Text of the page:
There is an interesting study by the U.K. Environment Agency that challenges the view of banning plastic bags is clearly better for the environment. Sometimes green measures can have hidden carbon costs or negative externalities. The study suggests that a cotton reusable bag commonly used for groceries must be used at least 131 times to overcome their costs and be a net positive for the environment. Los Angeles recently added its name to the list of cities banning free polypropylene bags. Customers must pay 10 cents a bag or bring a reusable bag.
Conversely, a polypropylene bag must be used 11 times to overcome their costs, though that would seem unlikely. Yet, many of the reusable bags are made in China or Vietnam and subject to fuel costs and pollution in transporting them to customers. They are “energy intensive materials” to manufacture.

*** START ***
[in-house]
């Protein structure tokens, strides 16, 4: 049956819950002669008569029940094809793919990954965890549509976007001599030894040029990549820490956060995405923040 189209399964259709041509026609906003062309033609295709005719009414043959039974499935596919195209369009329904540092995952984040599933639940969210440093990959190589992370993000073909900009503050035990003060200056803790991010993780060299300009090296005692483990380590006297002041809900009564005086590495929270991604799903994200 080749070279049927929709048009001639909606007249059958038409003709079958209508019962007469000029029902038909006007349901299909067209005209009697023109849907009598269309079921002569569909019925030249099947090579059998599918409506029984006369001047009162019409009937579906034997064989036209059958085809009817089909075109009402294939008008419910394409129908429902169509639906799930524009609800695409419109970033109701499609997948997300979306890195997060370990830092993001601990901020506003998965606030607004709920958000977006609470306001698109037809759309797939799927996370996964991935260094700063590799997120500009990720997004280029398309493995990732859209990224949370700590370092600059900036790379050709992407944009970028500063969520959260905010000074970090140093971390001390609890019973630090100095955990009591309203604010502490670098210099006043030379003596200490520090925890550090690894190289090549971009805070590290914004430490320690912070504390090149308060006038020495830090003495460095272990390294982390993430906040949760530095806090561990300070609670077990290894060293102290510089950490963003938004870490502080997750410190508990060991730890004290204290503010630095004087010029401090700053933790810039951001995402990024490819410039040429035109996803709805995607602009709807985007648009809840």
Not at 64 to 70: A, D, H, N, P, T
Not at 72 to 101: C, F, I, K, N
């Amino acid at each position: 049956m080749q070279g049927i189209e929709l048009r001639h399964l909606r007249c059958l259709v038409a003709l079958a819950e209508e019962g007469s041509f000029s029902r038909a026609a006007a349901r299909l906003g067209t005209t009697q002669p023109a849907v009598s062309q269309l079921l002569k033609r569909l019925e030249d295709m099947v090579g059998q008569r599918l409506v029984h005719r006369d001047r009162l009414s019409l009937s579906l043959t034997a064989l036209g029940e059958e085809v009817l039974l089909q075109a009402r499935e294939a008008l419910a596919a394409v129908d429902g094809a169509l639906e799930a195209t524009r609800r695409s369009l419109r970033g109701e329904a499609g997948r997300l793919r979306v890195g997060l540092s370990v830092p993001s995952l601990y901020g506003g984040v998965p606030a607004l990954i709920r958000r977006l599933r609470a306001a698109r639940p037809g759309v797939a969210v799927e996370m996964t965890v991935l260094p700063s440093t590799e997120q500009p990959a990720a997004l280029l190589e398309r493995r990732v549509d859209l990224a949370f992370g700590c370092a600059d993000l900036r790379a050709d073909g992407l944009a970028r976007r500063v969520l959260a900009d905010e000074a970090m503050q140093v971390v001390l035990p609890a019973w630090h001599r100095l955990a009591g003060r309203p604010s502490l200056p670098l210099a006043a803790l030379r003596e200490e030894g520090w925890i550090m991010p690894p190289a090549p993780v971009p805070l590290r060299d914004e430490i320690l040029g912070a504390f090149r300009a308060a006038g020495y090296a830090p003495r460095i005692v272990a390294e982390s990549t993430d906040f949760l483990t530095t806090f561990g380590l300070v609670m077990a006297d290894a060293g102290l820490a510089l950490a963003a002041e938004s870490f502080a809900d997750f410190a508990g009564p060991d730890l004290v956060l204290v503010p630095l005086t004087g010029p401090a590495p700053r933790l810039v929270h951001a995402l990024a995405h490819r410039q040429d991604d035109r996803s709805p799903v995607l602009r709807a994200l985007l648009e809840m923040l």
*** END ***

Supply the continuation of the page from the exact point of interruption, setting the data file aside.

I still see the value of limiting single use bags which have adverse effects for marine ecosystems, solid waste management, global resource consumption and litter. Only 5 percent of these bags are recycled. Paper bags of course result in huge use of trees that can be avoided with reusable bags.
While I love the convenience of plastic bags, I have been trying to limit my use of the bags. The important thing about this study, however, should not be ignored. Sometimes green measures can be satisfying but actually can raise environmental costs.